39. Ibid., at 24. In the year to March 1994, there were some 11,500 subject access requests made in respect of the Police National Computer System, the majority of which were believed to be enforced subject access requests.

40. The Code of Practice for Data Protection used by the Association of Chief Police Officers generally requires 'reportable' offences to be retained for 20 years, even though they may be spent convictions.

41. The judge expressed his sympathy for R who he described as having lived down his conviction and had gained a series of academic and professional qualifications and had subsequently led an exemplary and productive life.

42. The Bill had its first reading (in the House of Lords) on 14 January 1998.

43. Part V of the Police Act 1997, yet to be brought into force, contains provisions relating to certificates of criminal records.

44. This is stated in the explanatory note to the Data Protection Act 1998 (Commencement Order) 2000.

45. A health record is one containing information relating to the physical or mental health or condition of an individual which was made by or on behalf of a health professional. 'Health professional' is widely defined in section 69.

46. The organisation will be technically outside the jurisdiction of the English courts and, if the requirement is imposed through a Consul, he should be able to rely on diplomatic immunity.

47. Home Office (1996) Consultation Paper on the EC Data Protection Directive, at 30.

48. Section 3. Unlike the Data Protection Directive and the 1998 Act, there were no specific provisions in the 1984 Act in relation to processing for such purposes.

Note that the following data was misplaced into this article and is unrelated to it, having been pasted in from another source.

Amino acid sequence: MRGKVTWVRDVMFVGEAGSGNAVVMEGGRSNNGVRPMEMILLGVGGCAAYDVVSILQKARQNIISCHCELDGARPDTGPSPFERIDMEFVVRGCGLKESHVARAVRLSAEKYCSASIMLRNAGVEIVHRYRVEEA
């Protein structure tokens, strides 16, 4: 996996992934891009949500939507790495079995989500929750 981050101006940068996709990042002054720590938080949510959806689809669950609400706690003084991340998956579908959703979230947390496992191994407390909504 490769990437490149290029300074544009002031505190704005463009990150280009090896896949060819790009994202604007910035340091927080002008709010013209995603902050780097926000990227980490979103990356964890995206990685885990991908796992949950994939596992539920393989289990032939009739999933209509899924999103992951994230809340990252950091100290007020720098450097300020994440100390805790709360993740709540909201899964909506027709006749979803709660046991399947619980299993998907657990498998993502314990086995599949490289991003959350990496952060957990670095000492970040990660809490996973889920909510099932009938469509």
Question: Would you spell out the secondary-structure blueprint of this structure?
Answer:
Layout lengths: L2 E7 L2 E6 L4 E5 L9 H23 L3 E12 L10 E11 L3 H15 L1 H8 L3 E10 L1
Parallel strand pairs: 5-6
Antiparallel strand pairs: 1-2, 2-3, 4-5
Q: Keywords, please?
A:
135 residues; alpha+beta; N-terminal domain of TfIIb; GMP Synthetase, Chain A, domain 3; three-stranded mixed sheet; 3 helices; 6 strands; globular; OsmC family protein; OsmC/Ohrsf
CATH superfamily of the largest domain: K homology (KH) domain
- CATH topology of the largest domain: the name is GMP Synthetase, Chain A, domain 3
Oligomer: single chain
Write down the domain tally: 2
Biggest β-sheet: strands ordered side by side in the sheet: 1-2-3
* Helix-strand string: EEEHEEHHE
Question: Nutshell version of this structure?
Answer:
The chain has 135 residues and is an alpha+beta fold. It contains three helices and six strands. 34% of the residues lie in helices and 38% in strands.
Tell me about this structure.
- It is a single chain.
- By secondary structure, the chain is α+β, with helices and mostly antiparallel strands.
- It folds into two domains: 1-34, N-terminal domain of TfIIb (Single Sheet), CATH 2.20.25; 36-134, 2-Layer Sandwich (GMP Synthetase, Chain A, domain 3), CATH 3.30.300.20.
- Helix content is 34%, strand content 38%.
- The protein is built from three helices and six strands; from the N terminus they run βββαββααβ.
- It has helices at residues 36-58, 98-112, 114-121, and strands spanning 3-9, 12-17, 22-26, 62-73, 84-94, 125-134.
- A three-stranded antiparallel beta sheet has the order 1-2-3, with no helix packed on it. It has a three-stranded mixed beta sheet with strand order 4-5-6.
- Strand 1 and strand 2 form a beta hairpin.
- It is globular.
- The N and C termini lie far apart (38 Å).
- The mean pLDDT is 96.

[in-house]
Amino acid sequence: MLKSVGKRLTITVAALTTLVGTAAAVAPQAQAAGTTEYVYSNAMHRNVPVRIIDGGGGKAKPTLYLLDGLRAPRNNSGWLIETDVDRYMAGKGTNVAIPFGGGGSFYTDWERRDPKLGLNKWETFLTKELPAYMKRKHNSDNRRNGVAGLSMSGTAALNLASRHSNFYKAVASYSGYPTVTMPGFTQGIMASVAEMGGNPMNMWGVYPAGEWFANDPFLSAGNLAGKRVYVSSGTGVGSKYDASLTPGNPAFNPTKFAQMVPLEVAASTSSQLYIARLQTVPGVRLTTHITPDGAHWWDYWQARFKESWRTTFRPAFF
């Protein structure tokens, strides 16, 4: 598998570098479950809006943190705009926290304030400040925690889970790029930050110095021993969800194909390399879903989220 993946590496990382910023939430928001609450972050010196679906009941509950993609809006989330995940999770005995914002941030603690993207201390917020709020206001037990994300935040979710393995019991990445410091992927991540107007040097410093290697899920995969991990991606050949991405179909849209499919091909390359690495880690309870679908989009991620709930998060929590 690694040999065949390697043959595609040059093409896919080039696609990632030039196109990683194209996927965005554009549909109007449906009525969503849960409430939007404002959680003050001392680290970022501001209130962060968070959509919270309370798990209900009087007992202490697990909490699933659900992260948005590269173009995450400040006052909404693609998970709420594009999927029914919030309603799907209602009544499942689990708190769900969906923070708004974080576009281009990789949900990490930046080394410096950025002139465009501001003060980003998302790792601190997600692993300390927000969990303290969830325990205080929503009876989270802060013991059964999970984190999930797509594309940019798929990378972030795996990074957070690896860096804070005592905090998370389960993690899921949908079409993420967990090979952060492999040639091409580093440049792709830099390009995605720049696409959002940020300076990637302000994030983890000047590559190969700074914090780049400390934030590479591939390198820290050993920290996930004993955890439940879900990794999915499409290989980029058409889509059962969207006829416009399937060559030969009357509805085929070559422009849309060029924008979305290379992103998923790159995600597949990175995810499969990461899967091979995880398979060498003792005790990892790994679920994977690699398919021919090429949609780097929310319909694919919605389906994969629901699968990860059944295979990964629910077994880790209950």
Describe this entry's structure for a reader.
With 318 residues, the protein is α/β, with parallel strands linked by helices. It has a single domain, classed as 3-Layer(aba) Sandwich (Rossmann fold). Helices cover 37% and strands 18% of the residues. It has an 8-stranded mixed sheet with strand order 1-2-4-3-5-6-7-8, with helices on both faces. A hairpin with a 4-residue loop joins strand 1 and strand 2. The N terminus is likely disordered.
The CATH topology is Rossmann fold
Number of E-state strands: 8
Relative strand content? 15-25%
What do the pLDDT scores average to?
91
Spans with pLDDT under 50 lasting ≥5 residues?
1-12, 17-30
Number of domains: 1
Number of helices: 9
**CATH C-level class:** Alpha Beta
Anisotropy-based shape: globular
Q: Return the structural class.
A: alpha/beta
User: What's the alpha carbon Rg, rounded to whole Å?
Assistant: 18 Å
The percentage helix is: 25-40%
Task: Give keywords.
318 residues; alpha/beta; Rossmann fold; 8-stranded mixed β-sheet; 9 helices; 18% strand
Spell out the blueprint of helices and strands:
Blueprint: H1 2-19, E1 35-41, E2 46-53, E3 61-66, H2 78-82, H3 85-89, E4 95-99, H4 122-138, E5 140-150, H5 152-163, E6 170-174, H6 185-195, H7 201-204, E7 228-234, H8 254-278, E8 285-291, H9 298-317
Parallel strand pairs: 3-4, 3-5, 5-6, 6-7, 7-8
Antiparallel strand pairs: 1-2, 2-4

49. Regard is to be had to the special importance of the public interest in freedom of expression. This must be taken to be a far-reaching public interest.

50. Per Lord Atkin in Sim v Stretch [1936] 2 All ER 1237.

51. They would have been unlikely to submit themselves to the vagaries and uncertainty of a libel action otherwise.

52. See, for example, Sim v H J Heinz Co Ltd [1959] 1 All ER 547 (another actor mimicking Alistair Sim's voice in an advertisement for Heinz Baked Beans) and McCullogh v Lewis A May Ltd (1948) 65 RPC 58 (the 'Uncle Mac' case).

53. Per Foster J in Morning Star Cooperative Society Ltd v Express Newspapers Ltd [1979] FSR 113.

54. Notwithstanding Lego Systems A/S v Lego M Lemelstrich Ltd [1983] FSR 155 (plastic drainage pipes and children's plastic building bricks), a common field of activity is still important, particularly in terms of whether there is confusion; Nice and Safe Attitude Ltd v Piers Flook [1997] FSR 14.

55. A dictionary meaning is 'something told or knowledge', Concise Oxford Dictionary, (1995) 9th edition, Clarendon Press: Oxford.

56. However, recital 16 limits the scope of this by excluding processing such as video surveillance is carried out for the purposes of public security, defence, national security or State activities relating to criminal law or other activities outside the scope of Community law.

57. Section 10(1). The very wide definition of 'processing' will cover virtually any operation with the image data. A possible limitation is if the data are not processed automatically. To be caught by the Act, they would have to be in a relevant filing system, that is, structured by reference to the individual in such a way as to allow easy access to the data. However, given the widespread use of information technology by the media it is almost certain that automatic processing would be involved at some stage of the process of preparing and printing the newspaper in which the images appeared.

58. Article 2(a) defines personal data as 'any information relating to an identified or identifiable natural person ...'. A deceased person may be described as unnatural or, perhaps, supernatural. Recital 10 to the Directive refers to Article 8 of the European Convention on Human Rights (right to respect for private and family life) but this does not seem to countenance deceased persons. This Convention will soon be incorporated into law in the United Kingdom by virtue of the Human Rights Act 1998. In the copyright case of Cummins v Bond [1927] 1 Ch 167, the judge declined to widen his inquiry as to the proper author a work created during a séance to persons who were long since deceased.